Sagan’s mind-blowing post-apocalyptic trilogy comes to a satisfying, terrifying conclusion.
Having successfully weathered the trials and tribulations of Idlewild (2003) and Edenborn (2004), the PH (post-human) trailblazers genetically designed in the last dark days of the humanity-annihilating Black Ep plague are finally putting their species back on track. In the ostensibly comforting confines of Cambridge, Mass., the PHs, raised in virtual-reality environments and boasting plague-resistant immune systems, carefully begin to thaw out those who went into cryofreeze during the plague in hopes that science would stop Black Ep. It did, and all should now be set for humanity to slowly rebuild itself from the ground up, avoiding the mistakes of the past. Easier said than done, since those who had the money to be frozen were the wealthy tip of the American socioeconomic iceberg, meaning that humanity is now mostly composed of former CEOs, tycoons and politicians flush with ideas of carnivorous capitalism and jostling for control in the newly virgin world. Sagan relates these developments via the cynical narration of Gabriel Hall, ill-tempered protagonist of Idlewild, who is now in charge of security in Cambridge and has zero faith in the ability of these chest-beating alpha males to reconstruct society. Unsurprisingly, the humans foment trouble with the peaceful, globally minded PHs, cloaking their naked power grabs in the faux-populist, laissez-faire lingo of dog-eat-dog 21st-century capitalism. Sagan loses some steam halfway through, splitting the middle of the novel into a hodgepodge of narration provided by other PHs, but he brings the story to its end with a refreshing grace and palpable sadness rare in fantasy of this kind.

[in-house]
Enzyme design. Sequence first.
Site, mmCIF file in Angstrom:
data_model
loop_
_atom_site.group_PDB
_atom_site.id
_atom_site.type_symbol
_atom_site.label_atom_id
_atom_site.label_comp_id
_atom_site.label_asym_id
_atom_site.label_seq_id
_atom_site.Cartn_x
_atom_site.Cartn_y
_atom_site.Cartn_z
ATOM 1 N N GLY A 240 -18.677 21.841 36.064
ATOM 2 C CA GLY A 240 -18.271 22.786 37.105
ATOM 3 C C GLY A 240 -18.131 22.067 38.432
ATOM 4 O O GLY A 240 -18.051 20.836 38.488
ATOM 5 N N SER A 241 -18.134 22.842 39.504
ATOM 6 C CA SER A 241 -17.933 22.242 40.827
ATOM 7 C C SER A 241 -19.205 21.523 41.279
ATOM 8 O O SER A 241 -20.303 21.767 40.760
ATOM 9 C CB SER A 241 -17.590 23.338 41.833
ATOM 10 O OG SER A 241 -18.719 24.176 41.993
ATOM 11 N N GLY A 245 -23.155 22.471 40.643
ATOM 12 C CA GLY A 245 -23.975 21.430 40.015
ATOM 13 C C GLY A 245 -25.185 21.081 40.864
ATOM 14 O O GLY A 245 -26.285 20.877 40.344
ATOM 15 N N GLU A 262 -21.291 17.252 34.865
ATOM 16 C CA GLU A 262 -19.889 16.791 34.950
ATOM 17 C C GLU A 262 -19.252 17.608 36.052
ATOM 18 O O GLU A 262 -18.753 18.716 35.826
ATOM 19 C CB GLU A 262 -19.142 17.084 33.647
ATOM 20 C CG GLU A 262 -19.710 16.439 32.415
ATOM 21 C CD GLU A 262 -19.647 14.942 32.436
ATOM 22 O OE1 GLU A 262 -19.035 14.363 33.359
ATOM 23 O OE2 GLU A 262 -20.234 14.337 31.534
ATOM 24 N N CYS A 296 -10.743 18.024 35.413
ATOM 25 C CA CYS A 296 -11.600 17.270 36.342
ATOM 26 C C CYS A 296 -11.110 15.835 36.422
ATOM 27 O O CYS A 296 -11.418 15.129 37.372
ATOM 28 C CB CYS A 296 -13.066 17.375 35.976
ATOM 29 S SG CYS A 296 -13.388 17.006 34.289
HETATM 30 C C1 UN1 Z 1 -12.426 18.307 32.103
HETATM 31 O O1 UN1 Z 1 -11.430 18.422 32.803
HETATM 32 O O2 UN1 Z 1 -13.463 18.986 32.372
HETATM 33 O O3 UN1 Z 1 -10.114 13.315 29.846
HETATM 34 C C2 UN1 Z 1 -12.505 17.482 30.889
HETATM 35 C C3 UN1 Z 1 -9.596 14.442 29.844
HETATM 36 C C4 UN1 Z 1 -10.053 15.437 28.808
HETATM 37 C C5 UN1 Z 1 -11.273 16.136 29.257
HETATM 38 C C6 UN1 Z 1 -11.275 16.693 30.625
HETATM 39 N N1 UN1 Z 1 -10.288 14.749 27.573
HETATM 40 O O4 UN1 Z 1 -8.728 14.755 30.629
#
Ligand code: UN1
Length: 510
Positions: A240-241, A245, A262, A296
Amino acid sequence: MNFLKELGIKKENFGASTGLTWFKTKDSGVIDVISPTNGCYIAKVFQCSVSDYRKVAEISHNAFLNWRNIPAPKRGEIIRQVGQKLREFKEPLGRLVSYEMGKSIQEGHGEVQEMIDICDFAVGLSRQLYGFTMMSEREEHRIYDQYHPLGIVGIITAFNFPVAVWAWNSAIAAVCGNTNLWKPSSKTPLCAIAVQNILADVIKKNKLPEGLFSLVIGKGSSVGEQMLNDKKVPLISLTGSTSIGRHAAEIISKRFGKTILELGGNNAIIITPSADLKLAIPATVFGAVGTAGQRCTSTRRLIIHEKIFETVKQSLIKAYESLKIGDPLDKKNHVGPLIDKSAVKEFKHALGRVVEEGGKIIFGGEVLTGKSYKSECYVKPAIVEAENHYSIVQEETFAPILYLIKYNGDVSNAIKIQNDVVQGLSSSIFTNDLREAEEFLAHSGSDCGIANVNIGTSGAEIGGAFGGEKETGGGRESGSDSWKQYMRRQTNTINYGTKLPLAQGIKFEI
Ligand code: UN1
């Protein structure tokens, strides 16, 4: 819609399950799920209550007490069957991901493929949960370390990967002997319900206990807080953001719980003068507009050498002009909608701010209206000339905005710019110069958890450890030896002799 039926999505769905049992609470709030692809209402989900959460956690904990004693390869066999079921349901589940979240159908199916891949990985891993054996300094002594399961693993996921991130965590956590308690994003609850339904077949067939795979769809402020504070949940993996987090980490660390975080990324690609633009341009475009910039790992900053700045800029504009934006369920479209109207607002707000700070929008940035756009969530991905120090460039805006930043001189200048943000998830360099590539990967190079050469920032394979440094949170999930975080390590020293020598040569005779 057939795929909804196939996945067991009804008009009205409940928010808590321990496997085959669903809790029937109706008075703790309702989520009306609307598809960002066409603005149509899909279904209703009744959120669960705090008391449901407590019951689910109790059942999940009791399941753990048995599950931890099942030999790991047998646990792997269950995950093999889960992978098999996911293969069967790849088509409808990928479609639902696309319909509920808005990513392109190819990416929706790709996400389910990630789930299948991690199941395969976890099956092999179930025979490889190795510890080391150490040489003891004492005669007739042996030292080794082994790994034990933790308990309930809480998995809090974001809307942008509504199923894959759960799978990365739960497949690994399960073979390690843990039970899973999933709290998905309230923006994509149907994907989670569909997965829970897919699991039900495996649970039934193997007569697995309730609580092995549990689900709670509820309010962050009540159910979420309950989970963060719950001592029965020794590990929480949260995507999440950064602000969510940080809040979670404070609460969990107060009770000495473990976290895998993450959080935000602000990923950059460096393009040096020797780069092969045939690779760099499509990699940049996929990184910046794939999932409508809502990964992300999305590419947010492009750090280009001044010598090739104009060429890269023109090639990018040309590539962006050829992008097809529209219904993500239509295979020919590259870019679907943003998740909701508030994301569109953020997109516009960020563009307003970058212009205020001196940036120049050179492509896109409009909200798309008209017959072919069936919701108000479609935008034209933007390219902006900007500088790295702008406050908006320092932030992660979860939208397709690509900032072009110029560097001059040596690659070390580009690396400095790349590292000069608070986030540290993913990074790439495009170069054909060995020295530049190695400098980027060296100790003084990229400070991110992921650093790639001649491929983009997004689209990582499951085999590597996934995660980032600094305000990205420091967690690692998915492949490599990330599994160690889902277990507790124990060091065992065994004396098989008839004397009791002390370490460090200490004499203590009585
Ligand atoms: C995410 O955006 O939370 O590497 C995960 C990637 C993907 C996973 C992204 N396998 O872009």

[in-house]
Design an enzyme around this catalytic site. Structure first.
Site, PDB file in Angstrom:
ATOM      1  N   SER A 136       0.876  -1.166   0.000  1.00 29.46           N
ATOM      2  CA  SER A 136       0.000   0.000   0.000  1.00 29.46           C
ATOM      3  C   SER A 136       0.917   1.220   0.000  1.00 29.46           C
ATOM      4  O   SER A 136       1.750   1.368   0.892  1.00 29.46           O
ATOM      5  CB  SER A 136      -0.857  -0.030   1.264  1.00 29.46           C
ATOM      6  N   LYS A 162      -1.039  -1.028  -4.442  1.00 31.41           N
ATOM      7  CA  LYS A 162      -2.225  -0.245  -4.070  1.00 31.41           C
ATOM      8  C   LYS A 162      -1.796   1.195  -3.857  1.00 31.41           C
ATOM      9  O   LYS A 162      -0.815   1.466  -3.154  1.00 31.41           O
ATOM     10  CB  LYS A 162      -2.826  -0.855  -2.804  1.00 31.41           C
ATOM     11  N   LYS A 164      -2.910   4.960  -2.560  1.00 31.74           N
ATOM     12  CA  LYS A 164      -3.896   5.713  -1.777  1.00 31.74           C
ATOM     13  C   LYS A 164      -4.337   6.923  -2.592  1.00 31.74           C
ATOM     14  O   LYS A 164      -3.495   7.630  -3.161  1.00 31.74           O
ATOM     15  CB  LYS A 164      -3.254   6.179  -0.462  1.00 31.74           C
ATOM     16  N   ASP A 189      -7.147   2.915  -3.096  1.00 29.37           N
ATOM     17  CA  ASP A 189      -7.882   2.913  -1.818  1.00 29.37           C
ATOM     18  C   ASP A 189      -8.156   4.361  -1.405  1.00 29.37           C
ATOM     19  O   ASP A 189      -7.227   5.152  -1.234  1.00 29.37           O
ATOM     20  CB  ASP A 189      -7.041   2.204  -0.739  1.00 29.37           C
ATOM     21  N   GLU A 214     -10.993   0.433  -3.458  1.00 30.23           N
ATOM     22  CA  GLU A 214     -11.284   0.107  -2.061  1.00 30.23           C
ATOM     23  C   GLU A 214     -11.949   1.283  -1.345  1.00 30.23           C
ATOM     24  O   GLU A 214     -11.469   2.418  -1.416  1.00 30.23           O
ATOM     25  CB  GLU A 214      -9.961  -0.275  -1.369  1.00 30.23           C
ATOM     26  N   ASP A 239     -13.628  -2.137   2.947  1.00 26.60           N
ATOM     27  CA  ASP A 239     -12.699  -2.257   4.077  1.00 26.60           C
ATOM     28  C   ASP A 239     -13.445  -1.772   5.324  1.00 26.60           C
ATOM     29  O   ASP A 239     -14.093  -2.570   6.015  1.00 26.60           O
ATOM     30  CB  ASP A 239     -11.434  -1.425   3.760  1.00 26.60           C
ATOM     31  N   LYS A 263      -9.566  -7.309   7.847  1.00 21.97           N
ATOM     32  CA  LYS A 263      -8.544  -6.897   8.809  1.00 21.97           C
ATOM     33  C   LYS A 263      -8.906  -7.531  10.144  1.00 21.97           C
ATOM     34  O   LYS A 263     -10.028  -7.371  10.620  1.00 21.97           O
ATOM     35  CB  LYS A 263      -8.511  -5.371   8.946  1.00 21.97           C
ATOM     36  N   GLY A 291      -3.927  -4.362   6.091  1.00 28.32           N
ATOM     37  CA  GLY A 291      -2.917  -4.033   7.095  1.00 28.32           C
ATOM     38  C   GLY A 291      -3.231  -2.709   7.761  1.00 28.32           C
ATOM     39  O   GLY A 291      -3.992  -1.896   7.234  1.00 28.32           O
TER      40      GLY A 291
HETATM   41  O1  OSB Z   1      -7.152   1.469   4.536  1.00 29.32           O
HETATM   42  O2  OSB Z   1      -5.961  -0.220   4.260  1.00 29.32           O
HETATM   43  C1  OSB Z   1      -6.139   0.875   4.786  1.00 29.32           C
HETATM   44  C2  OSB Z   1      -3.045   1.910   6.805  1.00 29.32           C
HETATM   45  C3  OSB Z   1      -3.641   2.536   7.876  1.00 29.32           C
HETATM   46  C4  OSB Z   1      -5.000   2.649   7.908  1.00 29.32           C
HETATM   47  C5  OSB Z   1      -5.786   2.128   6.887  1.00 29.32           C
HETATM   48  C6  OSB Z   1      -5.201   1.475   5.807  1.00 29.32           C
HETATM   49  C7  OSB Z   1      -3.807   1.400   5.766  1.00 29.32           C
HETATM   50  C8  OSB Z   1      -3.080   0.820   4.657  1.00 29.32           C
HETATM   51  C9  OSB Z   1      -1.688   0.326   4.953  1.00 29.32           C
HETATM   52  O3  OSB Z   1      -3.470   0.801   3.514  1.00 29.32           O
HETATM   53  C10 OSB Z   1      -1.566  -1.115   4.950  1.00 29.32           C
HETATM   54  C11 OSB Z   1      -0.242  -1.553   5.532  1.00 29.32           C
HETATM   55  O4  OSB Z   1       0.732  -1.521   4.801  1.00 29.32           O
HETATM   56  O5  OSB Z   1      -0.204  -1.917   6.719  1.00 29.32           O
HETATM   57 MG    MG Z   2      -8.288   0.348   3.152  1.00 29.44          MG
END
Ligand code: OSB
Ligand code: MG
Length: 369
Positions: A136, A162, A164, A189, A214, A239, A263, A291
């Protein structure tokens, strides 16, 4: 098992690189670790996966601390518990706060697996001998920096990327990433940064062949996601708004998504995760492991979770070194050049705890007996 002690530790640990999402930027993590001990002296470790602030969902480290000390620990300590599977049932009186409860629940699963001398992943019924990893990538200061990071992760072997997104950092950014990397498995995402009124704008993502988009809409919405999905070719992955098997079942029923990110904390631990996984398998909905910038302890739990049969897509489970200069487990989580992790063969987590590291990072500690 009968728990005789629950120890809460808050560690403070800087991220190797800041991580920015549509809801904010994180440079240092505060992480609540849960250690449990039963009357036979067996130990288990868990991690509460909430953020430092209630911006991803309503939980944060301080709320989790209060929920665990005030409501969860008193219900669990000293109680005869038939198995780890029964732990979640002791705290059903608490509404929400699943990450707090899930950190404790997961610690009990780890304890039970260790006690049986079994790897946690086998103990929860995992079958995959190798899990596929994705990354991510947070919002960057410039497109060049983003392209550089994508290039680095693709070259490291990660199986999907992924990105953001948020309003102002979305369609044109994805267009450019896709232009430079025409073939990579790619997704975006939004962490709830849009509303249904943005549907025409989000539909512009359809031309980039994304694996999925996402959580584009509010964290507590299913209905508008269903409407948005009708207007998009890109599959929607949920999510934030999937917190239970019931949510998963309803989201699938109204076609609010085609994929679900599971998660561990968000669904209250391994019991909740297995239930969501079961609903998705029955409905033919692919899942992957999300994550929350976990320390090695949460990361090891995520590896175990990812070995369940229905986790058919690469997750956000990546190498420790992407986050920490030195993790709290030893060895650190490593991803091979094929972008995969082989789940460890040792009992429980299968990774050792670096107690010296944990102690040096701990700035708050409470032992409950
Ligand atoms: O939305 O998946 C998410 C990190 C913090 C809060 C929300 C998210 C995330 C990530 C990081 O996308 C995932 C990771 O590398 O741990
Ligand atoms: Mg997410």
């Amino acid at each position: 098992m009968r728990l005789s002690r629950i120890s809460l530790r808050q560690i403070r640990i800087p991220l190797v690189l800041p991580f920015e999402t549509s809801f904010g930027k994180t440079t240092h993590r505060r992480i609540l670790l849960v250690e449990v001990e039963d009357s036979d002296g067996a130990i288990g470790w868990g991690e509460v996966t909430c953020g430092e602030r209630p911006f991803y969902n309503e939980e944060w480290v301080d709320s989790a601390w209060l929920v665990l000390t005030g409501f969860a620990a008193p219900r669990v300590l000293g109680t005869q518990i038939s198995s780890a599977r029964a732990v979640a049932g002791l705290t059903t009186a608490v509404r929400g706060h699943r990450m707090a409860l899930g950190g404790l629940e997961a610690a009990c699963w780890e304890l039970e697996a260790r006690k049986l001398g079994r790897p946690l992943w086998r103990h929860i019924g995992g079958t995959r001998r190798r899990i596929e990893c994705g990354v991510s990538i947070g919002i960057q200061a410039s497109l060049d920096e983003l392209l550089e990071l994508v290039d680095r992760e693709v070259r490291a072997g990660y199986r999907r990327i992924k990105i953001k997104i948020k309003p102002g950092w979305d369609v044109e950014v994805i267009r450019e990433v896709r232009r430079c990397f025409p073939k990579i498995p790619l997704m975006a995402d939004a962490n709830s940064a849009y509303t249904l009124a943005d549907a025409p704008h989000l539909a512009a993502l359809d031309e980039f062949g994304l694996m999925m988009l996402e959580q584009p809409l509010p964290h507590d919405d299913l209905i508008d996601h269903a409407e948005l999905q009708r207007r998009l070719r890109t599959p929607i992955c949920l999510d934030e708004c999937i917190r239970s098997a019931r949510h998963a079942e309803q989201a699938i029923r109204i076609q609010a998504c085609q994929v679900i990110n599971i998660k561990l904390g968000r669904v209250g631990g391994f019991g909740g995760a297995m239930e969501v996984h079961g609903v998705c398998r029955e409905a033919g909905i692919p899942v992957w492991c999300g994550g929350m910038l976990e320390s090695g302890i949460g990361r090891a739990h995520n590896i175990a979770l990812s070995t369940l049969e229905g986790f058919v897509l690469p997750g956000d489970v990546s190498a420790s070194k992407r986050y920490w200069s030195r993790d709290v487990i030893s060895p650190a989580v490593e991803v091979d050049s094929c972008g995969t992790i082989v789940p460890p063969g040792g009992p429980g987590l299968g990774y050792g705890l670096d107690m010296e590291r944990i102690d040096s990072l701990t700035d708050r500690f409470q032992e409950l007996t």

A powerful plea for sensible human cooperation delivered via a knockout story.